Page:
Tuesday, April 20, 2010

The Lightning Thief

I have heard from a lot of people who enjoyed Rick Riordan's book The Lightning Thief, so I was interested when our book group picked it for this month's read.  Getting through the wait list was quite the ordeal, but that's usually a good sign, right?  I knew very little about the story going into it, except that it was "like Harry Potter," and involved kids who were the half-mortal offspring of Greek mythical gods.  I'm always dubious when something is marketed as being "like" another huge success, but after reading it I can see both why it would be called that, and also how that's not really a fair description.

Percy (short for Perseus) Jackson is a troubled teen being raised by an angelic mother and repulsive stepfather in New York City.  His academic and behavioral problems mean he has bounced around from school to school, and when the story opens he is finishing out his sixth grade at a boarding school for juvenile delinquents.  Bizarre experiences have happened to him over the years, but nothing quite as strange as during the opening chapter when his math teacher turns into a freakish creature and tries to destroy him while on a school field trip.

After school lets out, Percy continues to be pursued by dark forces until his mom sends him to a special summer camp that his absent and mysterious father had always wanted him to attend.  Eventually he discovers that his father is none other than Poseidon, who together with Zeus and Hades constitute the Big Three.  But the Big Three had made a pact following WWII not to have anymore mortal affairs (because it was their offspring who were responsible for the war), so Percy isn't even supposed to exist and is already in mortal danger just for being born.  Then add to that the fact that Zeus's master thunderbolt was stolen right around the same time Percy's existence comes out and he is immediately suspected.  The only way for him to clear his name and prevent a catastrophic world war is to find the lightning bolt and return it to Zeus.  Thus starts a quest that takes him across the country, into the bowels of the Underworld, and to the heights of Mt. Olympus.  Like any true heroic quest, he fights mythical monsters and other sinister traps, learning lessons about courage, friendship, and his own worth along the way.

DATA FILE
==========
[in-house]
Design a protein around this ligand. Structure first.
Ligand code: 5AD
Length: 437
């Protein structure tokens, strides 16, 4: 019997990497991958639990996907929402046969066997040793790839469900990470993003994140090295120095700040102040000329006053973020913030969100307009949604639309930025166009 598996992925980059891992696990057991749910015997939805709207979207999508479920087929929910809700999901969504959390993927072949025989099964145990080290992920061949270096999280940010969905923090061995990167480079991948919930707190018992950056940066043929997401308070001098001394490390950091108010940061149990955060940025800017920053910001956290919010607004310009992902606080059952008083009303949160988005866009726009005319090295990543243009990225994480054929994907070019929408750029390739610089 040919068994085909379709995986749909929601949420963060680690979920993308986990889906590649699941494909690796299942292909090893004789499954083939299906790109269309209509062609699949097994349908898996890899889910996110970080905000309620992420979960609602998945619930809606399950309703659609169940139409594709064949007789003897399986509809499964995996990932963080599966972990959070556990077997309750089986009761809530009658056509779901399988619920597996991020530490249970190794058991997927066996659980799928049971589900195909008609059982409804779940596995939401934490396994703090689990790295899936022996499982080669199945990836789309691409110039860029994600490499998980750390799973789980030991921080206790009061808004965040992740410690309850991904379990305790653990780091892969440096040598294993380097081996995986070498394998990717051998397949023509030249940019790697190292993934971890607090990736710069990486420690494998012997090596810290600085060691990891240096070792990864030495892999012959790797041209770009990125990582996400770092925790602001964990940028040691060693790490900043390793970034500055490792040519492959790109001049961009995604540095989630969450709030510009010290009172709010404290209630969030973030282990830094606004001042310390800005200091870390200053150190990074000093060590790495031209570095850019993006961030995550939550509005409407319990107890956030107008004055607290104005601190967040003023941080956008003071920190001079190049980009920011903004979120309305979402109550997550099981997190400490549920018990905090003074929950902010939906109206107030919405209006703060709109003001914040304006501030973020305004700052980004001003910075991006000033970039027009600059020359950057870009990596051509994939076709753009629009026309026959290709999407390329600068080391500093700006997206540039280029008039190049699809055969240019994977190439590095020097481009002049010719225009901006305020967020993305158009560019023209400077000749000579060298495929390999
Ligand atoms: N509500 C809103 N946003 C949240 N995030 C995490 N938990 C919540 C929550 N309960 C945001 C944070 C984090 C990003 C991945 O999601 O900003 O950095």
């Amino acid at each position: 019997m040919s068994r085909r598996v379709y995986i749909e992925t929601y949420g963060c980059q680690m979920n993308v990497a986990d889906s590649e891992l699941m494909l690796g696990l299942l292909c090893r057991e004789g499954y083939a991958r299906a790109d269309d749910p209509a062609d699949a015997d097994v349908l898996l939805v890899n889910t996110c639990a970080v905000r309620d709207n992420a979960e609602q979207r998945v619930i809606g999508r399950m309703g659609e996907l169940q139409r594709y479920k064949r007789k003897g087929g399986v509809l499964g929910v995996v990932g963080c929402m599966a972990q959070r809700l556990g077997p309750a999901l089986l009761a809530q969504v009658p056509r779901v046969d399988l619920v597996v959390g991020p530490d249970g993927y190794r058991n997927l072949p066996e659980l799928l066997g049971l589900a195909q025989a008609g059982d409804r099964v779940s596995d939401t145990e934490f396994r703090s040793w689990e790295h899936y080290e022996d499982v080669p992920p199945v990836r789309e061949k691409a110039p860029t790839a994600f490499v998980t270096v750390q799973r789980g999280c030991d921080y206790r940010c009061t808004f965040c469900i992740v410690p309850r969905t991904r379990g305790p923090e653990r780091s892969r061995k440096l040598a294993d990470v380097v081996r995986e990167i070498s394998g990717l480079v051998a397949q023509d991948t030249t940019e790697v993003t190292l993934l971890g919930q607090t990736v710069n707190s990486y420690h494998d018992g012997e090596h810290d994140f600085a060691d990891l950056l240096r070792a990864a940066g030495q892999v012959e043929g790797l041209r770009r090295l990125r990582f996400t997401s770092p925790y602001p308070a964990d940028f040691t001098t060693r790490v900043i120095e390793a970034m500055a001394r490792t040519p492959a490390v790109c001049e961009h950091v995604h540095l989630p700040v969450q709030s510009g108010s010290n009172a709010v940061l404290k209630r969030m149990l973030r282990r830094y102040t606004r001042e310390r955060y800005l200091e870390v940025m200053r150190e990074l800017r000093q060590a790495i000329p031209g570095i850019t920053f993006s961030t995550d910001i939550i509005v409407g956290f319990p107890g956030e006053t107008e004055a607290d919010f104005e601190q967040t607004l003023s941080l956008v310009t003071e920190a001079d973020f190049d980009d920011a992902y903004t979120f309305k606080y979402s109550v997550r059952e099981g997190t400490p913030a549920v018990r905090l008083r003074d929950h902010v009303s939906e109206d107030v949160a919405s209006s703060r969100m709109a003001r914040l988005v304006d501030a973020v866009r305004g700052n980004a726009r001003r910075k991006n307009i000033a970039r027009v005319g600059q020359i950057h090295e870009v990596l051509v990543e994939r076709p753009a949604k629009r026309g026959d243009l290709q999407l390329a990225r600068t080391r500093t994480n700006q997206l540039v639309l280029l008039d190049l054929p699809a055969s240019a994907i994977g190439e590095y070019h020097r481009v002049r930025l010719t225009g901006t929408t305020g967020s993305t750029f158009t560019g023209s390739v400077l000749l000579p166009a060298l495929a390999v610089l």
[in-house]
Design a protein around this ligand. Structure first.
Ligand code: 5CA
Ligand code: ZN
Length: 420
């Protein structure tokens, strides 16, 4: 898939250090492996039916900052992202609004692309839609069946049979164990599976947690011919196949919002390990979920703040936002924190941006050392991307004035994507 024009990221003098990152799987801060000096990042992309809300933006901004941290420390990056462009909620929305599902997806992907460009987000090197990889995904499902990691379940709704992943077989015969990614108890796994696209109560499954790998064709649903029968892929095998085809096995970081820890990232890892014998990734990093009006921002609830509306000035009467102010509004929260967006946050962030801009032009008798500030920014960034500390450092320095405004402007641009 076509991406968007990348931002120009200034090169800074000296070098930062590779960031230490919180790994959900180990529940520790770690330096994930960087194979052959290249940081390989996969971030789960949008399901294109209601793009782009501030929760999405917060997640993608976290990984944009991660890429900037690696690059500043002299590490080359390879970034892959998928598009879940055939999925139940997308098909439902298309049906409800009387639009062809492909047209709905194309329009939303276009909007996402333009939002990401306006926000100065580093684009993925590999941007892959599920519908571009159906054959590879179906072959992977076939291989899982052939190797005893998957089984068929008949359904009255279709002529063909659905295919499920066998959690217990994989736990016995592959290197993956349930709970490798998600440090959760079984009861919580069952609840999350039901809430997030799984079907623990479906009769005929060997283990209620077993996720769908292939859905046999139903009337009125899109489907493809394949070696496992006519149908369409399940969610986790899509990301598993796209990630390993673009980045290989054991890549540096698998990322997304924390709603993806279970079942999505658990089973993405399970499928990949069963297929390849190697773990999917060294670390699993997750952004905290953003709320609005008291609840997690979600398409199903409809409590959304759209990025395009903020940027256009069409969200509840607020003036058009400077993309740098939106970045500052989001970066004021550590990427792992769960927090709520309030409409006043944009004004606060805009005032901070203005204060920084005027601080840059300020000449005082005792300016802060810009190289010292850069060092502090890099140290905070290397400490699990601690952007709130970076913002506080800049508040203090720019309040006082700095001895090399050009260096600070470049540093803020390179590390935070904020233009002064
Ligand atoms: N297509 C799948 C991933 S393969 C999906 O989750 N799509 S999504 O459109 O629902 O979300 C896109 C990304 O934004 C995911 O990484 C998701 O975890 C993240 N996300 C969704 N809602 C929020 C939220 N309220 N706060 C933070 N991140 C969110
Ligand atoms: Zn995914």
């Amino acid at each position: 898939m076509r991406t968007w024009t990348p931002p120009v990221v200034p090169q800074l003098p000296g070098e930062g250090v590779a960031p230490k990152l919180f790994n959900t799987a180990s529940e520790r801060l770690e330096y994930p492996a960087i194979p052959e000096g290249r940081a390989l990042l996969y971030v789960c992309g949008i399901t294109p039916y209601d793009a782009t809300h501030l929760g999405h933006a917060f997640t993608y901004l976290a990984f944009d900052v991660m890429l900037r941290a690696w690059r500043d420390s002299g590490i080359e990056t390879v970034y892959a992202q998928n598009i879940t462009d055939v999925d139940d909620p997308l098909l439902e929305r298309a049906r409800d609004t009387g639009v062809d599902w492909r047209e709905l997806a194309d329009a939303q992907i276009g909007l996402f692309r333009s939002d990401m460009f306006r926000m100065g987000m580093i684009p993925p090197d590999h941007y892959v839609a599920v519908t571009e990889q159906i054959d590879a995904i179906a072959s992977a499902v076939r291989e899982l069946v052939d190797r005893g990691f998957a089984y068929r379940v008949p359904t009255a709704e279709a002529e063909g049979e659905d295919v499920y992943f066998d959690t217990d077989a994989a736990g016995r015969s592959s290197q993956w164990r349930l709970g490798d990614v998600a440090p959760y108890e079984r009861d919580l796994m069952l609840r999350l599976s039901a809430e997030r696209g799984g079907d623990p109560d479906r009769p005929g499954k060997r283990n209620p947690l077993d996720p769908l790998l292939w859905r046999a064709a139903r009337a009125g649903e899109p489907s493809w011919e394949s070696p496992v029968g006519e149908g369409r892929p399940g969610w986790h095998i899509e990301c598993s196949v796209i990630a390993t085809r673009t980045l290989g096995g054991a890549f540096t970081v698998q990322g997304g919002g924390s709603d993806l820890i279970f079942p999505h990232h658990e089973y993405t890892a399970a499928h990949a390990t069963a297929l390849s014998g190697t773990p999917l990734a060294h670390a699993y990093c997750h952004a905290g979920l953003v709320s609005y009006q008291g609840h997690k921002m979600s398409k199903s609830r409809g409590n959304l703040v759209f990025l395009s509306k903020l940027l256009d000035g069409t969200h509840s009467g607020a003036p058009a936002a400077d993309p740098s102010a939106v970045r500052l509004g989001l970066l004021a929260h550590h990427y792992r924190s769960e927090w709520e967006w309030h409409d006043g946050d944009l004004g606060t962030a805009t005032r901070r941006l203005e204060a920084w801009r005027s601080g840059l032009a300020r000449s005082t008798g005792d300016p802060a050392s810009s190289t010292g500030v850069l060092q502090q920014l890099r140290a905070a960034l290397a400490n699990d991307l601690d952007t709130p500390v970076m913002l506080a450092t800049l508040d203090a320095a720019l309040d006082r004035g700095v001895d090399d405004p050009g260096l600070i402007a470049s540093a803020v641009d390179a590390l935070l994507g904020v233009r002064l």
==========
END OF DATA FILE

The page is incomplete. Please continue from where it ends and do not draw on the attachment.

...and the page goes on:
The parallels to Harry Potter are pretty obvious.  Adolescent boy (not quite an orphan in Percy's case, but close) who struggles to fit in discovers that he possesses special powers and belongs in a secret world that co-exists with the known world but the majority of humanity is blithely unaware of it.  Some of the things that make the story so delightful were similar attractions in Harry Potter.  The juxtaposition of the mythical and the contemporary were refreshingly creative, and the whole thing was infused with a light-hearted humor that made it a fun romp.  Riordan's writing isn't as well-crafted as Rowling's, the plot twists were more predictable, and there wasn't the greater underlying depth that made Harry Potter so much more than just a fun story.  But I've also only just read the first in the series so I can't say how those things may change over time.  Beyond that, though, I hesitate to draw more parallels with Harry Potter because I think Riordan's work can and should be allowed to stand on its own.  He definitely had command over the story and action and there was no sense that he was just trying to milk another Harry Potter success.